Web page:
From Farm To Table
Juan Fernando Rodriguez Tellez came to Capitol Hill to persuade EPA regulators to protect farmworkers from pesticides. This is his story.
At first, the sticky drops raining down were a welcome reprieve from a long, hot day spent uprooting weeds on a Minnesota farm.
“I remember thinking, ‘This is cool!’ As in, ‘This will cool me off,’” said Juan Fernando Rodriguez Tellez.
As Tellez and his friends continued to pull at the huge weeds tangled within the cornstalks, they paid little attention to the crop duster flying overhead that was supposed to be dousing a neighboring field.
Tellez wore long sleeves and pants for protection against the sun, but as he pulled weeds the drizzle leaked inside the glove on his right hand.
Over the next month, the fingers on Tellez’s exposed hand went numb. It was only later that he learned those drizzles were a pesticide meant to kill insects. Three years later, as the 17-year-old Tellez recounted this traumatic scene for EPA Administrator Gina McCarthy and several senior members of her staff, the packed room stood in complete silence. McCarthy, in particular, was visibly moved. She thanked Tellez for his story, adding that she has a son his age.
Tellez’s story of pesticide exposure is all too common, unfortunately. Agricultural workers report up to 20,000 pesticide poisonings every year. It is uncommon, however, for an underage farmworker to meet with the elite power structure of the EPA. It is even more uncommon for the EPA to listen.
In Washington, D.C., To Make A Difference
Last summer, Tellez had traveled from his home state of Minnesota to Capitol Hill for one purpose: to convince government regulators and congressional representatives to strengthen the Agricultural Worker Protection Standard. Adopted in 1992, the Worker Protection Standard is the only federal standard intended to protect the 2.5 million agricultural workers in the U.S. from pesticide exposure and poisonings. The standard is notoriously weak and difficult to enforce, providing fewer workplace protections against pesticide exposures for farmworkers than for workers using hazardous chemicals in non-agricultural sectors.
Tellez wasn’t alone in his actions. Together, he and more than 20 other farmworkers and advocates from across the country filled stately meeting rooms usually occupied by high-paid industry lobbyists from K Street.
They brought stories from the front lines of farming communities: stories like Tellez’s of how airborne pesticides often land on workers who then take the chemicals on their clothes home to their families. They also told regulators of vomiting or feeling faint in the fields after being sprayed with pesticides and not saying anything for fear of losing their jobs.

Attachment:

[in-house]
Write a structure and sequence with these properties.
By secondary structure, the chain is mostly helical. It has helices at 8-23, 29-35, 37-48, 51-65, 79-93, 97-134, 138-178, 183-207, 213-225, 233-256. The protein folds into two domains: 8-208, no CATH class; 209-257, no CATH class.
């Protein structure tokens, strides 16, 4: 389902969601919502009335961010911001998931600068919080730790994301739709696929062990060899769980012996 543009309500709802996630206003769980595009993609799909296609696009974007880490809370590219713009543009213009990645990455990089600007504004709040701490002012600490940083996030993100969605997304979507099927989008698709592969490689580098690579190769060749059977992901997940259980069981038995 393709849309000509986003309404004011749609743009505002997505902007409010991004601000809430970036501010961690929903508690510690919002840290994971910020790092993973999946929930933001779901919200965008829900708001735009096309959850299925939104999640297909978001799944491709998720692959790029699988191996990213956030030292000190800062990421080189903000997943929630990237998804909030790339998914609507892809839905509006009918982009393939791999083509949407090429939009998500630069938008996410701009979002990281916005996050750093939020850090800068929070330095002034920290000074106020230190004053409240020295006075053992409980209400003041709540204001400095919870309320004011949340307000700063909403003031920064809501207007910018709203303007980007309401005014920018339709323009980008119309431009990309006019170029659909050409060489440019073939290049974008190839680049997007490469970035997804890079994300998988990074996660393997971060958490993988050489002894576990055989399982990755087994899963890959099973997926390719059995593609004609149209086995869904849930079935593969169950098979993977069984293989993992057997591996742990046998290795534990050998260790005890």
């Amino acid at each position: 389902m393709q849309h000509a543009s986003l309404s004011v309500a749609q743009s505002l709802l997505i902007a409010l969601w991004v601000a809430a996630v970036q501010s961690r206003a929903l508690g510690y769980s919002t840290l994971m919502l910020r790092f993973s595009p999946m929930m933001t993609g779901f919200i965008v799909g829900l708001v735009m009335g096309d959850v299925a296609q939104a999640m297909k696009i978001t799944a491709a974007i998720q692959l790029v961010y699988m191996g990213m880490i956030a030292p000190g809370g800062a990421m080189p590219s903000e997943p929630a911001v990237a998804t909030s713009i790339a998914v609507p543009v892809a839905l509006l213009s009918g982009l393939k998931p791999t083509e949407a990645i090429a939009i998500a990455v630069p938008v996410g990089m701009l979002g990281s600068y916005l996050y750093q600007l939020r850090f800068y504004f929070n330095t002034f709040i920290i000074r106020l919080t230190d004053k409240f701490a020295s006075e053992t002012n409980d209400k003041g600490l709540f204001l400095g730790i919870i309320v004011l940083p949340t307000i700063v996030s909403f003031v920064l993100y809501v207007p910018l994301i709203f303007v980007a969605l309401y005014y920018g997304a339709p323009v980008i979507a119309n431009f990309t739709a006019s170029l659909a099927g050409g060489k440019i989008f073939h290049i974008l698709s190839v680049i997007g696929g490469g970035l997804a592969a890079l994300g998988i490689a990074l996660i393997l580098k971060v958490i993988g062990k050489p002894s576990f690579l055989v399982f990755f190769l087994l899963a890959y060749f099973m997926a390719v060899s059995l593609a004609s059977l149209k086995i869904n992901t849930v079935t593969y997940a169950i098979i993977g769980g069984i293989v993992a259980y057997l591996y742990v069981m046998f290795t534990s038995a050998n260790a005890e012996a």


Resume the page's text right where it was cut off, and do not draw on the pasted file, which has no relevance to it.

Tellez, looking and acting well beyond his years, was one of several young farmworkers who strongly support minimum age requirements for handling pesticides. Because they are still developing, children are more susceptible to the toxic effects of pesticides than are adults.
“When you have teenagers, young mothers and kids out there helping to support their families, I feel like some people see them as replaceable individuals,” says Tellez, who moved to the U.S. with his mom at the age of six and began working in the fields when he was 11. “I work on their behalf in the name of equality.”
He adds that many farmworkers have no knowledge of the health effects of pesticide exposure, and that these pesticides can have lifelong health effects—not only for the workers in the fields but their families too.
“The paycheck just isn’t worth a lifetime of suffering,” he says.
Tellez began working in agriculture by clearing rocks out of soybean fields, working 10 to 12 hours a day during the summers. In 2010, after years of witnessing his family and friends work under hazardous conditions in the fields, he began working with Centro Campesino to improve the lives of members of the Latino and migrant community in southern Minnesota through community organizing, education and advocacy. He says he wants to create change, just like his mother did through her volunteer work as he was growing up.